There’s A Lesson Here Somewhere…

I hate technology.

I mean, I use it, I rely on it, I earn my living with it… but I still hate it. Too much control over how things turn out. And you can’t hurt a machine when it screws up, because it has no feelings.

Wait, that’s wrong. Machines do have one emotion: Glee at completely mucking up your life. It’s easy to imagine the toaster giggling as it burns your toast. Or the computer as it fries your data.

I just did an hour-and-a-half recorded interview with another writer. This was a very important call, something I intended to have transcribed, put on CD, flagged in my marketing, the works. And we nailed the subject, too — the talk was going just great… until, around 45 minutes into it, I realized the cassette tape I was using had snarled up in the recorder.

At least twenty minutes of our chat now sounded like Godzilla snorting in his sleep.

This was not just a disaster… it was embarrassing. Because the other writer had laughed at me for being such a caveman in the first place. No one uses cassette recorders anymore, he said.

And he had Fed Exed me a fancy digital recording device. Wanted to drag me, kicking and screaming, into the twenty-first century.

Well, I didn’t have time to learn how to use the digital thingie before the call, so I relied on my trusty Panasonic VSC recorder. It had worked perfectly for a couple of years, faithfully recording calls with no problem at all.

Until today.

Fortunately, the other writer had recorded the call, too. On his sleek digital unit. So we were saved. I admitted, right there on the call, that he was right — I had been punished for relying on caveman technology. And he had rescued everything by being more modern.

Wait, this gets good. We finish the call, and I’m rolling up my sleeves in preparation of ripping the Panasonic apart before tossing it in the dumpster… and the other writer calls back.

Guess what? His fancy ass digital recorder had only recorded his part of the conversation. He sounded like an insane man responding to voices in his head for 90 minutes.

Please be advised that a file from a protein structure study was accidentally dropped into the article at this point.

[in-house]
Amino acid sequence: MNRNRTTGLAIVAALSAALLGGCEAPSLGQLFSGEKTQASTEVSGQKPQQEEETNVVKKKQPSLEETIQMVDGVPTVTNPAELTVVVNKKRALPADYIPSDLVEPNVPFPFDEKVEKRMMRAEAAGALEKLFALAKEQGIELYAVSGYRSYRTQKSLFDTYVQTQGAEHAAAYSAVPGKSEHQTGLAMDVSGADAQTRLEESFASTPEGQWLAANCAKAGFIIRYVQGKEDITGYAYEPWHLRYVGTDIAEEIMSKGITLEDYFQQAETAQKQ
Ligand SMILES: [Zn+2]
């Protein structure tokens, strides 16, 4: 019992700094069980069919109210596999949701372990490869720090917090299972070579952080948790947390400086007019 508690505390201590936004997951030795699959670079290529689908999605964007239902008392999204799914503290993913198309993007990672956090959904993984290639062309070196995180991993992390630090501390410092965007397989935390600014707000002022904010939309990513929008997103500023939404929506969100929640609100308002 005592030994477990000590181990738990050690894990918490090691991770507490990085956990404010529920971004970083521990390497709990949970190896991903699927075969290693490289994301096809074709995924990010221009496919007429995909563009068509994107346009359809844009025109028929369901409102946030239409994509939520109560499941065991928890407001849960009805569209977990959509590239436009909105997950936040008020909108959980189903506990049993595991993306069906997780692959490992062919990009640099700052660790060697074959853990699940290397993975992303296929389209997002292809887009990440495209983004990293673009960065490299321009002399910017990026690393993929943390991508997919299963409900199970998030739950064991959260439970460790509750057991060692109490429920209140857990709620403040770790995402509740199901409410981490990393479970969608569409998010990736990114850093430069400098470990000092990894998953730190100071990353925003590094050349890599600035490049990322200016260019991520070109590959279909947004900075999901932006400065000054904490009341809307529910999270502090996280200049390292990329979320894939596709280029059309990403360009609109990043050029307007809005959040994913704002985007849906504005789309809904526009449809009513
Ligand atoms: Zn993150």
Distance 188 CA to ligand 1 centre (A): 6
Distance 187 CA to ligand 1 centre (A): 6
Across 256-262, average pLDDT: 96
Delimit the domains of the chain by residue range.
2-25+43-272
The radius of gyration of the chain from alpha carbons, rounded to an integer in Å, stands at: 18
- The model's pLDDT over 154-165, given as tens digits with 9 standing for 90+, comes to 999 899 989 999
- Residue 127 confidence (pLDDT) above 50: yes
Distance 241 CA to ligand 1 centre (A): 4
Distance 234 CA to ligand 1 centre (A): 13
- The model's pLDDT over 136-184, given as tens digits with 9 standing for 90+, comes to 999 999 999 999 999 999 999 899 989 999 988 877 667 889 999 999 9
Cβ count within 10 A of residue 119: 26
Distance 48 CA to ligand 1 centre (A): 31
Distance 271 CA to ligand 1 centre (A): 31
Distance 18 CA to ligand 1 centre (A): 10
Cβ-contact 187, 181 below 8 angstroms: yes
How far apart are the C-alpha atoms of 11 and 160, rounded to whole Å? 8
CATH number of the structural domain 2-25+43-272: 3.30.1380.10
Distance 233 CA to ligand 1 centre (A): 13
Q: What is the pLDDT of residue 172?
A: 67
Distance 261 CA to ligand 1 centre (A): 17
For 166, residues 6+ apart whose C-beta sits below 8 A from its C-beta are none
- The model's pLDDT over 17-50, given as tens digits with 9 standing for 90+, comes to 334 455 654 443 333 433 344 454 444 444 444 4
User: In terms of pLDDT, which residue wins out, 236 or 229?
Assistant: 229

So old-school technology failed us, and cutting-edge technology failed us.

You know what didn’t fail us? Pencil and paper. I jotted down lots of notes during the call. If we can’t still rescue this recording — and it’s looking grim — we can do it again. From my notes.

It still sucks. Reminds of a guy they found a couple of years ago up in the Sierras. His car had slid off the road, and though he wasn’t mortally hurt, he died anyway. Stuck in the wreck. Had a cell phone that couldn’t get a signal, a $40,000 car that wouldn’t move or let him go, a wallet full of credit cards and cash, a nice suit, designer glasses and one last gourmet meal in his gut.

And he died anyway. Starved to death, just as easily and rudely as his caveman ancestors sometimes had. At the mercy of nature.

Sometimes, when the TV, the cell phone, the radios and iPods and DVD players and amps and microwaves and heaters and computers are all turned off… and there’s not even a hum of electricity anywhere to distract me… I wonder what the hell we’ve gotten ourselves into here.

Brave new world, indeed.

John Carlton

Just enter your name and primary email address below and we'll send you the new report right away.

"11 Really Stupid Blunders You're Making With Your Biz & Career Right Now."

  • Have a nice trip John!
    We sure have lots of posts of yours to chew on – that’s actualy what I was going to do, you know, some day. Cause your posts do manage to hook me up. I still remember your post back from 2005 or like on hating technology – you vividly described a well-off guy who died in the Sierras – neither his wallet full of cards and cash, nor his RV, nor his designer suit and designer glasses saved him when he was starving, and he starved to death.
    That made me think of my own life…

    So I’ll be browsing the archives.


  • Jesus Miguel says:

    Is just murphy’s law John.

    I was obsessed in my past with everything digital.

    Thanks to advertising. By handwriting sales letters, headlines and stuff. I have come to realize the importance of paper and ink.

    Thank you John.

  • >